Many years ago, when I was working outside the home for the local cable company, we did an inhouse study program of Stephen Covey's The 7 Habits of Highly Effective People . Truthfully, I couldn't stand the course. Not because I didn't want to be more effective..... I just hated doing that type of seminar thing at work. We did the typical scenario simulations of having a big empty jar surrounded by rocks of various sizes. The biggest rocks represented family, faith, health and home, while the smaller ones were one's job, hobbies, civic commitments and daily stresses. Someone had to take the jar (representing one's life) and fit all the rocks in it. Of course, the person always just randomly starting shoving the rocks all mish-mash into the jar, in no particular order and they wouldn't all fit. However, (and here's the clincher) if you put the big rocks in first (representing taking care of the important things first) the other small stuff will just flow around it and all fit perfectly. Try it, it works.
The other topic we covered that has always stuck with me was the emotional bank account. Everyone has this account but they might call it something else. If you think of your relationships with others as a 'bank account' for emotions, it's easy to forgive and forget. Say for instance, you have a friend who is a good listener... funny and warm. You enjoy spending time with this person and they in turn you. Every time this friend greets you with a smiley hello, makes you feel good, listens to you or does something nice for you ... a little deposit is put in the 'bank'. Over time, the total amount of deposit gets bigger and bigger in each other's account. One day, this friend bites your head off for something. Oops! Out comes a withdrawal from that account. You momentarily feel slighted but shake it off because that friend has built up such an account with you, the withdrawal doesn't really affect the whole balance. It's not the accustomed way this friend treats you and vise versa.On the other hand, if you know someone who usually is making withdrawal after withdrawal, you just don't want to be around them anymore or it's not worth the effort. They have drained the emotional account dry and there's nothing left. Does this make sense?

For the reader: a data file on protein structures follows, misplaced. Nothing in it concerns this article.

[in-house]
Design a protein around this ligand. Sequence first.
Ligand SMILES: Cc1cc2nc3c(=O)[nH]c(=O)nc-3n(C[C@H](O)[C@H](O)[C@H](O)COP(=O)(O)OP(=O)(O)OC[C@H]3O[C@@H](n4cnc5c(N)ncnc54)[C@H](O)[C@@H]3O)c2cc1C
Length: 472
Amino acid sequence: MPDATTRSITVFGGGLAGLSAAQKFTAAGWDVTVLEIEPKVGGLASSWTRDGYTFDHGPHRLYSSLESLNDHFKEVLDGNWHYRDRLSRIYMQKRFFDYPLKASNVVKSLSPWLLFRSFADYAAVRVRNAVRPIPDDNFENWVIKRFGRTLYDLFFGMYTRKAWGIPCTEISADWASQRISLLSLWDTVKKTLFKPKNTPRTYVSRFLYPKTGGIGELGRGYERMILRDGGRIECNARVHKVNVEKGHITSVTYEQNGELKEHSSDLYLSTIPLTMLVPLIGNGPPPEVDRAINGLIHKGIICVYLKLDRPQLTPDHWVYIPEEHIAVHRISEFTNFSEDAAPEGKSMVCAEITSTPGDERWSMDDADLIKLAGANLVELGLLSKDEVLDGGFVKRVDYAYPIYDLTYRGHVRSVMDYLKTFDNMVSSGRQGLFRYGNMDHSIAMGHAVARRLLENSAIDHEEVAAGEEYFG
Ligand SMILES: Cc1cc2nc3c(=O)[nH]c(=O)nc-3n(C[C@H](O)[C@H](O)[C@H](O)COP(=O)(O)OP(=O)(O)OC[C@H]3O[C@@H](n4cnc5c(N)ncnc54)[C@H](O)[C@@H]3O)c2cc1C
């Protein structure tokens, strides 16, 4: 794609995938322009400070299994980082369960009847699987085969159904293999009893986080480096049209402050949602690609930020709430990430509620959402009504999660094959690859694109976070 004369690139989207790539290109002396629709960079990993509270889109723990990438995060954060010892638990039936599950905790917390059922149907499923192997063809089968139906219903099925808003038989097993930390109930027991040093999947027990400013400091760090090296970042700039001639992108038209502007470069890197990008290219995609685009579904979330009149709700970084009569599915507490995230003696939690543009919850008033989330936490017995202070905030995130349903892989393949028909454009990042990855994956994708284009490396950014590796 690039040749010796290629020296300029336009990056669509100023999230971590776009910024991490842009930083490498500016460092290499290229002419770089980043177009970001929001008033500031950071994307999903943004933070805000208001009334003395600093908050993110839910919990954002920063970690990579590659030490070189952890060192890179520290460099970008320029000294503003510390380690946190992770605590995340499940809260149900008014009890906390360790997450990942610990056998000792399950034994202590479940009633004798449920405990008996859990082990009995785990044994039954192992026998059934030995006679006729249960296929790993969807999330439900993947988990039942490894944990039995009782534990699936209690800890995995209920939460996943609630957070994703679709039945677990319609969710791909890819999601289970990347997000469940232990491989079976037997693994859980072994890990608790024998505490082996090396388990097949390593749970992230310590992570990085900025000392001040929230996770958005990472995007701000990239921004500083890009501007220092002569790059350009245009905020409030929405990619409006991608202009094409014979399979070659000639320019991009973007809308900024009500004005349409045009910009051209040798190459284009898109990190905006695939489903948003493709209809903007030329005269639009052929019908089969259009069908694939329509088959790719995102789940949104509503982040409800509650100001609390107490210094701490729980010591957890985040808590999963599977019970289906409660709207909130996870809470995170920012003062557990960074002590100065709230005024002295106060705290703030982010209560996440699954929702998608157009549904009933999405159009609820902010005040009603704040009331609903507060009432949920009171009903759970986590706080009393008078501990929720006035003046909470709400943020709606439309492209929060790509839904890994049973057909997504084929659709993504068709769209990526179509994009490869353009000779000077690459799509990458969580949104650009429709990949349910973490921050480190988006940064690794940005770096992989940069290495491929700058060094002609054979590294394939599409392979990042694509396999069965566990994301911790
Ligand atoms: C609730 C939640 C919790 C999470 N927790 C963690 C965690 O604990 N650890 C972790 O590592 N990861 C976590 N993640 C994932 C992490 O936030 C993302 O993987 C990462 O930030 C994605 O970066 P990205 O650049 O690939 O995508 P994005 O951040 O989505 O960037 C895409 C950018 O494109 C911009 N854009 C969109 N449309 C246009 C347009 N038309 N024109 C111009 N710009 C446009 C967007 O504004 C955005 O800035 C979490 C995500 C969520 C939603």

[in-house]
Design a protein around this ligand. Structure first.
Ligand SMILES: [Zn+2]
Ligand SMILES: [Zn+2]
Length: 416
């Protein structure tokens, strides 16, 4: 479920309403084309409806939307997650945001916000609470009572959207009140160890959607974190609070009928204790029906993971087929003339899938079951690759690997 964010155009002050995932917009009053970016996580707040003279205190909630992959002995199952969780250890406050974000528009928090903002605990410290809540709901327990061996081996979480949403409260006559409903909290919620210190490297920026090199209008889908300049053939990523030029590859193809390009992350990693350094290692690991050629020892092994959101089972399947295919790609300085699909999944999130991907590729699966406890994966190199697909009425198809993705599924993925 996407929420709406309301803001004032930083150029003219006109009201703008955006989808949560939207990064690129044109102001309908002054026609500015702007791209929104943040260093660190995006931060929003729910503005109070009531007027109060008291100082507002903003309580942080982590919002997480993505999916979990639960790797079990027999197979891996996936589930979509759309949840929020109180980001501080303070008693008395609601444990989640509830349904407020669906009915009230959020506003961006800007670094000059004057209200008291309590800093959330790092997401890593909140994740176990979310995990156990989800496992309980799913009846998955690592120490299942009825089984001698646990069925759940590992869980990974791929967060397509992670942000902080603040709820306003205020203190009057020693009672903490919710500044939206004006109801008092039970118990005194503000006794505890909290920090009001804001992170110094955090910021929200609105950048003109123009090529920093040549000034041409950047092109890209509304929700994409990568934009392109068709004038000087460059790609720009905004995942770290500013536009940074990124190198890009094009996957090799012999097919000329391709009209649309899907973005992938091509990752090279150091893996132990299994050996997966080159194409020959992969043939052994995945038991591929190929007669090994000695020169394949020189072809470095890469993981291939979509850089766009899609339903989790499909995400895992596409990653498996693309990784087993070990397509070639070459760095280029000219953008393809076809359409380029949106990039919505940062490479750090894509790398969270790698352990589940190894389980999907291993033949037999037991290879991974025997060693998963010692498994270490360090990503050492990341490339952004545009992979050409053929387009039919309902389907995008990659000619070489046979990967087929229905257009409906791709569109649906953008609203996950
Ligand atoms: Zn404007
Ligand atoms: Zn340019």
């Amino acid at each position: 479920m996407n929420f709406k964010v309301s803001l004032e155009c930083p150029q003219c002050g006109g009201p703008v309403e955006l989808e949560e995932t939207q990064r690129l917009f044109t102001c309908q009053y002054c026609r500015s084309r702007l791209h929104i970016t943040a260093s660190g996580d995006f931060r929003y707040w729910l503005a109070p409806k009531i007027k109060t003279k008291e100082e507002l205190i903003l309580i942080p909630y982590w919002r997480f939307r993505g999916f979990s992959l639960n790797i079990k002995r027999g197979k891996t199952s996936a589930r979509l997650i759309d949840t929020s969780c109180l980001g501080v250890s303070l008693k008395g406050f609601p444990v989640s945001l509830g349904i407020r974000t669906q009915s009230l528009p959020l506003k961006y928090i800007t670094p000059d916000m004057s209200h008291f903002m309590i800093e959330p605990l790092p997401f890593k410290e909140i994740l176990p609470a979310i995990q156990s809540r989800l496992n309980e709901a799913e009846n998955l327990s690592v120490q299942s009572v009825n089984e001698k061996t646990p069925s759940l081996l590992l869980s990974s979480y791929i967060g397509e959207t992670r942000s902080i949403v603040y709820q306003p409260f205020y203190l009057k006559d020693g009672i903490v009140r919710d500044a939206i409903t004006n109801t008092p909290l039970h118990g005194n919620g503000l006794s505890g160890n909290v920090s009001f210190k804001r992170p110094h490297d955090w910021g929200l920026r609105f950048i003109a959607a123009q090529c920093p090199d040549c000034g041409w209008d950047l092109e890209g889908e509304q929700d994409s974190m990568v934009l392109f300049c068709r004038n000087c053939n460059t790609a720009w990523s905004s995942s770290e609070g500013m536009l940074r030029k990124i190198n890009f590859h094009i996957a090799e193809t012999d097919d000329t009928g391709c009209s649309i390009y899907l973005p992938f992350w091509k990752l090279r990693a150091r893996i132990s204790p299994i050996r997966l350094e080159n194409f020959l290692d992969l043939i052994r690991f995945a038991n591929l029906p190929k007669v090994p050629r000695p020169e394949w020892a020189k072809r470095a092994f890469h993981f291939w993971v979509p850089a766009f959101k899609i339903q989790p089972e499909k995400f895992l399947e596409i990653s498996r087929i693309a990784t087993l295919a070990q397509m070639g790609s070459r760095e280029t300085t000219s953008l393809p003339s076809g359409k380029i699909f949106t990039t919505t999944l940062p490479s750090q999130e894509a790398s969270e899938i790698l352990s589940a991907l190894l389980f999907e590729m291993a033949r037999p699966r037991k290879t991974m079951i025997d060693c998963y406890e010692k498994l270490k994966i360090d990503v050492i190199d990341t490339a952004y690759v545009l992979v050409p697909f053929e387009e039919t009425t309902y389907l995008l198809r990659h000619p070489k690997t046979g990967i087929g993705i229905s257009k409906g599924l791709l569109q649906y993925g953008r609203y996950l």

I've tried to use this bank account philosophy when dealing with my husband. He can be a real
asshole bankrobber at times. Oh Lord can he make some HUGE withdrawals. However, he also makes big and little deposits all the time. Most of the times, others don't see or hear these deposits, so some might think I get the short end of the stick. My husband has always told me I'm beautiful, no matter what type of freak I happen to look like at the moment. He's never told me I need to lose a few pounds, even though I know I need to (alot!). When he speaks about me to others, it's with kindness and pride. He'll wink at me, rub my back, ask me if he can make me a cock-in-the-tail (his word for a cocktail), make sexuual innuendos towards me and just is fun to be around. He brings me these God awful gifts sometime, but I try to remember it's the thought that counts and his heart IS in the right place. I remember one time he bought me a dumpcart for the riding tractor. He was so proud and I was pissed. I think I hurt his feelings yelling about what a waste of money blah blah blah. However, over the years, I can't tell you how many times that cart has saved our backs, loaded with brush, wood, sand, mulch..... The kids love it because we can pull them around the house and woods in it. It's one of our most cherished yard thingys. Everytime I say "I am so glad we have this cart" he'll look at me and smile...kaching...deposit made.
Okay, so I did come away from that class with a little something after all.